Have you been missing the warblers? The monarchs and alewives? Here in the Northeast, twice a year, we witness the movement of many animals that survive winter by temporarily relocating to places where food is available throughout the season and it’s not so much work to stay warm. Maine’s tree bats (hoary, silver-haired, and Eastern Red) migrate, as do many shore and songbirds and a number of fish – including American eels, shad, herring and salmon. Even some dragonflies, like the green darner, head for warmer climes. (…)
I recently took a walk one cold winter night, to commune with the night sky and gaze out into the Universe. I am much more aware of what’s up there at night than I am by day, which, on first examination doesn’t make as much sense as it ought to.
After all, if a body thinks about it, there is much more of the familiar world visible by the light of day; it’s what our eye is geared to: trees and water, mountains and clouds, the creatures of the Earth, the landscape. (…)
The Maine Coastal Observing Alliance (MCOA), a network of nine conservation groups monitoring water quality in midcoast Maine estuaries, is pleased to announce it has received a grant for $142,000 from a fund at the Maine Community Foundation. The grant will be used to grow MCOA’s monitoring network and collect meaningful data for Maine’s coastal communities. (…)
We are thrilled to welcome Land Conservation Manager Katie Beaver to the team! Along with Director of Land Conservation Joan Ray and Executive Director Steven Hufnagel, Katie will work directly with landowners to help them meet their conservation goals.
Katie’s position, fully funded by an anonymous funder for three years, is a reflection of our commitment to conserving an additional 5,000 acres in the Damariscotta-Pemaquid region in five years, from 2021 to 2026. We prioritize properties that connect to existing conserved areas, dovetail with community development plans, and are of particular benefit to wildlife, water quality, cultural heritage, or public access. (…)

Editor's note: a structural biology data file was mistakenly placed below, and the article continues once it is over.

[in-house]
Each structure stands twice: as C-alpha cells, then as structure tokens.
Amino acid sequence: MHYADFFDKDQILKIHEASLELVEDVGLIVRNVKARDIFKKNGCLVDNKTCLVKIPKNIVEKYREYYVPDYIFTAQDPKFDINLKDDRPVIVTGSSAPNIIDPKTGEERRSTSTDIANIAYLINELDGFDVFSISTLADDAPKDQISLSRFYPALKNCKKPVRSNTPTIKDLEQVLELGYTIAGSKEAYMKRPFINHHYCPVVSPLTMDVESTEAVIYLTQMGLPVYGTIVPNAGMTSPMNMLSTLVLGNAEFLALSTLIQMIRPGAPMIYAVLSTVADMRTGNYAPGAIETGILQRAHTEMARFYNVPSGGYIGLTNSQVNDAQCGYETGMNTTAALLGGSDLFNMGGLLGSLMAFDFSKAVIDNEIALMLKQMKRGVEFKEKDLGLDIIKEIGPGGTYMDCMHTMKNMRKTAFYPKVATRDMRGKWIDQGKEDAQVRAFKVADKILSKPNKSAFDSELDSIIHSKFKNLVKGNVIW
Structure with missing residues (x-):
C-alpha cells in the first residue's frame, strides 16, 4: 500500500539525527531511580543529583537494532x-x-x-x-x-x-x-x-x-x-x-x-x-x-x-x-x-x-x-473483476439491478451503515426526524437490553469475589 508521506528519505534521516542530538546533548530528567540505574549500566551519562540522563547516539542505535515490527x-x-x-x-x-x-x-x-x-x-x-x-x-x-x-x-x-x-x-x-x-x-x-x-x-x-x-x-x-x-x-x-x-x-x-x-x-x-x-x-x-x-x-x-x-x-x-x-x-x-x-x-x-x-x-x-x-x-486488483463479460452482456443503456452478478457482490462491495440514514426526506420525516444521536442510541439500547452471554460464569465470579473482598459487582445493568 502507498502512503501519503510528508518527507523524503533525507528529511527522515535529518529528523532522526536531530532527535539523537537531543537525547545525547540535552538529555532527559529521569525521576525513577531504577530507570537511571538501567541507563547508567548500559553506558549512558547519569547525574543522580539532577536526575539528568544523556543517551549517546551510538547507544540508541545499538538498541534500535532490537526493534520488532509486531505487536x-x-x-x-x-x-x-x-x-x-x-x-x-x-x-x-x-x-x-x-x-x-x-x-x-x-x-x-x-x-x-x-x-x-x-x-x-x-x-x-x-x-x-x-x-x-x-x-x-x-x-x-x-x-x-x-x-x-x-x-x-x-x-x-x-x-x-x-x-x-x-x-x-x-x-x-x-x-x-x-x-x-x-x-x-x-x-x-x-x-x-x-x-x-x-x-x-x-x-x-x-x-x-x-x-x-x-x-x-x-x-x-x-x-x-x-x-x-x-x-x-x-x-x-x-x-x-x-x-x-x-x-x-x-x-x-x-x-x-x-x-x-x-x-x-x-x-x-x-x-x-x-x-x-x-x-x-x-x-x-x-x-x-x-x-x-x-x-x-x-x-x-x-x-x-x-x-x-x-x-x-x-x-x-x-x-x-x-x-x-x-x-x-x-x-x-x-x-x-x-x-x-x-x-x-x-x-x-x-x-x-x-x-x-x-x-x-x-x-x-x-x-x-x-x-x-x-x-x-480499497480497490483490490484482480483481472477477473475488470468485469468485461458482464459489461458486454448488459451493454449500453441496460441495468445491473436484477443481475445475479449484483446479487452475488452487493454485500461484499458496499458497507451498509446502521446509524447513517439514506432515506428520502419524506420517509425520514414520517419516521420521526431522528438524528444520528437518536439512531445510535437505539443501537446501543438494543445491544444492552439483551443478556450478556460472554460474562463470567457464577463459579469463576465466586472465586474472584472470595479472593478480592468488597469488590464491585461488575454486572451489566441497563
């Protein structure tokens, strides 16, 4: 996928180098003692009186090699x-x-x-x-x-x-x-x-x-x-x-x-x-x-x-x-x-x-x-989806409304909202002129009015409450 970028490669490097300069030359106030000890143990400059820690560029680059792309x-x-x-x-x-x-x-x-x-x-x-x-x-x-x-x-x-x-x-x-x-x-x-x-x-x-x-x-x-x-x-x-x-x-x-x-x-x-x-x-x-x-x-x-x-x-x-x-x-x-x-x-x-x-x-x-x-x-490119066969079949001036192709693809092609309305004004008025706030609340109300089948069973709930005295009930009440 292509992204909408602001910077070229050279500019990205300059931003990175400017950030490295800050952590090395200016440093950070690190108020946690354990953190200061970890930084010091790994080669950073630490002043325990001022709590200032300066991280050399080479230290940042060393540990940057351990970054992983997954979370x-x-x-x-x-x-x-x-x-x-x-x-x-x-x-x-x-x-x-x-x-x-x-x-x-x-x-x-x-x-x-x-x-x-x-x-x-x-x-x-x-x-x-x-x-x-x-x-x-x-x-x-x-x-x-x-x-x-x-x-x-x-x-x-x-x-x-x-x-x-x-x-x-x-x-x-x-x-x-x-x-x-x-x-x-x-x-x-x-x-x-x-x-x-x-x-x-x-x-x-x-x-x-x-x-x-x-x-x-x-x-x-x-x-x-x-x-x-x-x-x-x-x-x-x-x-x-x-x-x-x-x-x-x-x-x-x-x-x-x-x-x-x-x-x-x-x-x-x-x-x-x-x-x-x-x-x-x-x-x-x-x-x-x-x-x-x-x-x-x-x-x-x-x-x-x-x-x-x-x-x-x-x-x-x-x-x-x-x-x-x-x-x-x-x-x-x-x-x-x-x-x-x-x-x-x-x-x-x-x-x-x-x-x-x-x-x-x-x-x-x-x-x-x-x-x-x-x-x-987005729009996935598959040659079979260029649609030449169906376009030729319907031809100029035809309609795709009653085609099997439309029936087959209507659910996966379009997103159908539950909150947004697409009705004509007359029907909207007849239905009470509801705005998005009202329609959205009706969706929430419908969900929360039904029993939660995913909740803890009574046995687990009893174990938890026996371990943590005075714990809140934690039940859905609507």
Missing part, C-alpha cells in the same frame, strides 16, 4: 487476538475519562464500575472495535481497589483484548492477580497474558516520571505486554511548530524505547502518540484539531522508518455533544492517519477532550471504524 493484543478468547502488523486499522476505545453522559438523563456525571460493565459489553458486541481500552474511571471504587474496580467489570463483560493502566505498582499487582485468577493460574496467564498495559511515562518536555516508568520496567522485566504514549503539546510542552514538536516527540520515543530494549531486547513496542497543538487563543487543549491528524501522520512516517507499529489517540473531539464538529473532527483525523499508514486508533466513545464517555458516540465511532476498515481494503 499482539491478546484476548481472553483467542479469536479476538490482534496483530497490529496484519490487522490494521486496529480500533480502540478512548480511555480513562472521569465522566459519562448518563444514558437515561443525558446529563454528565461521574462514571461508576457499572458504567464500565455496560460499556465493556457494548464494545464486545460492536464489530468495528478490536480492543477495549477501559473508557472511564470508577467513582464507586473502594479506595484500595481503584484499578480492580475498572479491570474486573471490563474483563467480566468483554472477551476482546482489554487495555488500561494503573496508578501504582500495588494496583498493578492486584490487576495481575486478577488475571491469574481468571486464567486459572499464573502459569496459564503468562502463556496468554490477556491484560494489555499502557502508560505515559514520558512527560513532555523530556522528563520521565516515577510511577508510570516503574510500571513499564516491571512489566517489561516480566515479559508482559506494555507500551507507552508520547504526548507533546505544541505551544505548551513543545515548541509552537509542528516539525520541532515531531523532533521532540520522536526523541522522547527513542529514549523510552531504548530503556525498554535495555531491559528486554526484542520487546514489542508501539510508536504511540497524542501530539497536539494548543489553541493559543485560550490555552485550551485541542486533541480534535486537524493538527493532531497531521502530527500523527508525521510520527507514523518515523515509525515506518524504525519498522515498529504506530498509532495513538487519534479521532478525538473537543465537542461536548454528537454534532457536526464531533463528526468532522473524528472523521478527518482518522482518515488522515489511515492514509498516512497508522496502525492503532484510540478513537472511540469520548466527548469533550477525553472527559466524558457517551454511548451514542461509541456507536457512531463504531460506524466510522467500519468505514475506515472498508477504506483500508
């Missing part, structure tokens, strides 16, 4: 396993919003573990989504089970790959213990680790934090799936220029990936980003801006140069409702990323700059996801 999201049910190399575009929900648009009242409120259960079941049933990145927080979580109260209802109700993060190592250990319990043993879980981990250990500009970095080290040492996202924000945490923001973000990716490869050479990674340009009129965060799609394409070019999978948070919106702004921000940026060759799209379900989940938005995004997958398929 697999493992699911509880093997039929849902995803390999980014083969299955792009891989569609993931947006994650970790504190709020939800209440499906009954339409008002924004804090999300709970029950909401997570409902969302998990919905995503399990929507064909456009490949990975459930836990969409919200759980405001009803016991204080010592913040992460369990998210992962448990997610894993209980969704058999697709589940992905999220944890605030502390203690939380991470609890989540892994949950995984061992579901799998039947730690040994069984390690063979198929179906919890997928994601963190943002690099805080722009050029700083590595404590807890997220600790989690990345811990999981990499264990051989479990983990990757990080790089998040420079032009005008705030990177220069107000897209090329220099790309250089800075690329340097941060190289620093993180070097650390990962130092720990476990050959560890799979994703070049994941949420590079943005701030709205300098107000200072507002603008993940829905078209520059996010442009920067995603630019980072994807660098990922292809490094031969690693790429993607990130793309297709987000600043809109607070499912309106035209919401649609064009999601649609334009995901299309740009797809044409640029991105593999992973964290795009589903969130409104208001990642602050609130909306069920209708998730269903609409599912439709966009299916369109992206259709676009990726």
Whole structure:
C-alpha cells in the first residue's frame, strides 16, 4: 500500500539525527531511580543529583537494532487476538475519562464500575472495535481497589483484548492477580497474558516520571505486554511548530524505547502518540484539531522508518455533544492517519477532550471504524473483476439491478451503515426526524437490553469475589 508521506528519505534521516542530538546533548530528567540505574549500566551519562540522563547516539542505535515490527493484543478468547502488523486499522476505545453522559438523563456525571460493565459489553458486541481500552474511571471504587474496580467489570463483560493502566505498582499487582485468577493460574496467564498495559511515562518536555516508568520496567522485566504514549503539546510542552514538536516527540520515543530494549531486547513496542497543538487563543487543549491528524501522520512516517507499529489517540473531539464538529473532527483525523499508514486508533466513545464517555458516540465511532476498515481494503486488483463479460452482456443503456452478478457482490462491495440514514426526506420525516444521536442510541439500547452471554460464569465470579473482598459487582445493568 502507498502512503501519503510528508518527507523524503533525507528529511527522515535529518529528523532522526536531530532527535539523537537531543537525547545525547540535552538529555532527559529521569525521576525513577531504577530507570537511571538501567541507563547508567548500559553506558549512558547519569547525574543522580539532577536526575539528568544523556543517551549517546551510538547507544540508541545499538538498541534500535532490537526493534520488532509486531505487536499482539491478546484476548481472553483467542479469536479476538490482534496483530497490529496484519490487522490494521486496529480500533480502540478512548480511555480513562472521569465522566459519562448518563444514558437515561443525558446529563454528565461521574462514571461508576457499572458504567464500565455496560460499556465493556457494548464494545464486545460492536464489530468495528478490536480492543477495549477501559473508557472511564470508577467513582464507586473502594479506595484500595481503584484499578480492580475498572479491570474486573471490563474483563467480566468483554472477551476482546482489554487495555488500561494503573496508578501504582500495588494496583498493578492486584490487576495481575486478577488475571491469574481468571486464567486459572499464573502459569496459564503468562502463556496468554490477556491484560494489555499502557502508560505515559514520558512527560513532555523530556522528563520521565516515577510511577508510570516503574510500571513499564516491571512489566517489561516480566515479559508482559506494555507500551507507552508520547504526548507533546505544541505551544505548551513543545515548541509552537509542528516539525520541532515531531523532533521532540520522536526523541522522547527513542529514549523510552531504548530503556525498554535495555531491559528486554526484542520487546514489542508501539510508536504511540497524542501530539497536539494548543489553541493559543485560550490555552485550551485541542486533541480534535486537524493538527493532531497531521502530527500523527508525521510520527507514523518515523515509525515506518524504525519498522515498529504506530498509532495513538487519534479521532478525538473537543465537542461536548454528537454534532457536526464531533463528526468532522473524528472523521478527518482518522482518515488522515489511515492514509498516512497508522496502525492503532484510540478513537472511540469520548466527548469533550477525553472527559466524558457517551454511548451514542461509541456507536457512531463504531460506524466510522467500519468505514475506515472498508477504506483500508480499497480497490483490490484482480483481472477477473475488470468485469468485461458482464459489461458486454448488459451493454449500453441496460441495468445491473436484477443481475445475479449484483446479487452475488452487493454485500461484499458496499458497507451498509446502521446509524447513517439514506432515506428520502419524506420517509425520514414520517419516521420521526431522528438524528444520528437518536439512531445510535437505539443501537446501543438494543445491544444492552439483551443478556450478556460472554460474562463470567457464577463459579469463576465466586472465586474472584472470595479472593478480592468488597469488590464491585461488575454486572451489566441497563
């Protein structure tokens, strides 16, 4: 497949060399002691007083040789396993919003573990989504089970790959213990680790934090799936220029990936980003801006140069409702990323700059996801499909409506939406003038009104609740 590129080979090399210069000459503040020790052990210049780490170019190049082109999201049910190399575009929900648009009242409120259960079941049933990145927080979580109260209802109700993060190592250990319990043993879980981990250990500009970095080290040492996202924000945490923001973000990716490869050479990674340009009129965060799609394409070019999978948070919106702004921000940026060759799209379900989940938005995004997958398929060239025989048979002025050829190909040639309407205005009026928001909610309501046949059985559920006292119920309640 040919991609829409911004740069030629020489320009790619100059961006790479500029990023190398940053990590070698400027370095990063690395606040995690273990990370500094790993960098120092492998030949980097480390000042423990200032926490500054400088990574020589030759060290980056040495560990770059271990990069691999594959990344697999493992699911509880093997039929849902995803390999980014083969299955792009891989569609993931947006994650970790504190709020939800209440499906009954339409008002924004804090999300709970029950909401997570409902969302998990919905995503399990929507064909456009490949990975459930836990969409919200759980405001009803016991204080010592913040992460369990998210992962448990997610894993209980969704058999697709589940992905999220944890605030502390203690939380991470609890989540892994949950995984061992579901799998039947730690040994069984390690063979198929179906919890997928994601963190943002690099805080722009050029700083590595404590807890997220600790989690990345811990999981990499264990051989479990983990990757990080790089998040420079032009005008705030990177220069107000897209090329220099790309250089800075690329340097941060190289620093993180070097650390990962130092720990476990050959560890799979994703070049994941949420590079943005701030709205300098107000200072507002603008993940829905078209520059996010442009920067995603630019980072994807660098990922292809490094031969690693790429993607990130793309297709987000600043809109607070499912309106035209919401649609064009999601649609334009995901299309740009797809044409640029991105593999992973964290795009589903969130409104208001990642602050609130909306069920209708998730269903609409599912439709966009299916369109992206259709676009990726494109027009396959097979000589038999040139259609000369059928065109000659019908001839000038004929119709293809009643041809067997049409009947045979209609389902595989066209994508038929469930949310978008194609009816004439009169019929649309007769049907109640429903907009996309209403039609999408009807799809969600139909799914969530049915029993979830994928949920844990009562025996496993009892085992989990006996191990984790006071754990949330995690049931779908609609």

For me, autumn culminates not with the falling of the leaves, but with shore birds standing on the shore, waiting for the tide to turn and expose the mudflat buffet where they will fuel up for the next leg in their migration. (…)
Throughout the month of October, groups from local schools have been taking part in the full-day Wabanaki Living Skills and Culture program hosted by Coastal Rivers at Salt Bay Farm in Damariscotta.
The program teaches students about different aspects of Wabanaki culture – both traditional and current – through authentic, hands-on experiences. Activities are always taught in collaboration with Native American educators. For the past two years, Passamaquoddy educator Sandra Bassett has partnered with Coastal Rivers Education Director Sarah Gladu to teach the program. (…)
Every now and then a friend will remark, “I don’t like November much.” And I wonder, can this be a friend of mine who maligns another with so closed a mind, who writes off an entire month simply to feed a foul humor? November is a friend too, and I am uncomfortable with having to defend one against the other. So, I don’t.
One thing can be said for November: It is an honest month, hardworking and as earnest in it’s ready-making for winter as any could be. “And the eleventh will be (…)
Watching colorful leaves swirl from the tree tops in a gust of autumn wind is one of the pleasures of being outdoors this time of year.
Like so many things in the natural world, tree behavior in our northern forests takes its cues from the sun. Once deciduous trees detect a reduction in the amount of daylight, they start to reduce the amount of chlorophyll they produce. When chlorophyll production stops, it is broken down and absorbed back into the tree. Until this point, other pigments present in the leaves have not been visible, overshadowed by the green of the chlorophyll. But now, as the chlorophyll disappears, the vibrant reds, yellows, browns and oranges we enjoy at this time of year are revealed. (…)
“Whoa – is that an entire engine block?”
What might pass for a strange pick-up line in another setting is par for the course during the annual Damariscotta River Clean-up. Earlier this month, staff and volunteers from over a dozen local businesses and organizations spent the afternoon picking up trash along the shoreline of the Damariscotta River. (…)
Coastal Rivers Conservation Trust members voted in a slate of four new trustees at our annual membership celebration in July. Jennifer Atkinson, Malcolm Foster, Rod Melanson, and Emily Weiss were all elected, joining continuing trustees Josh Allan, Kelsey Gibbs, Matthew Hanly, Carol Lariviere, Kathy Leeman, Dennis McKenna, Gordon Morrell, Dru Sanford, Lee Schiller, and Ellen Wells.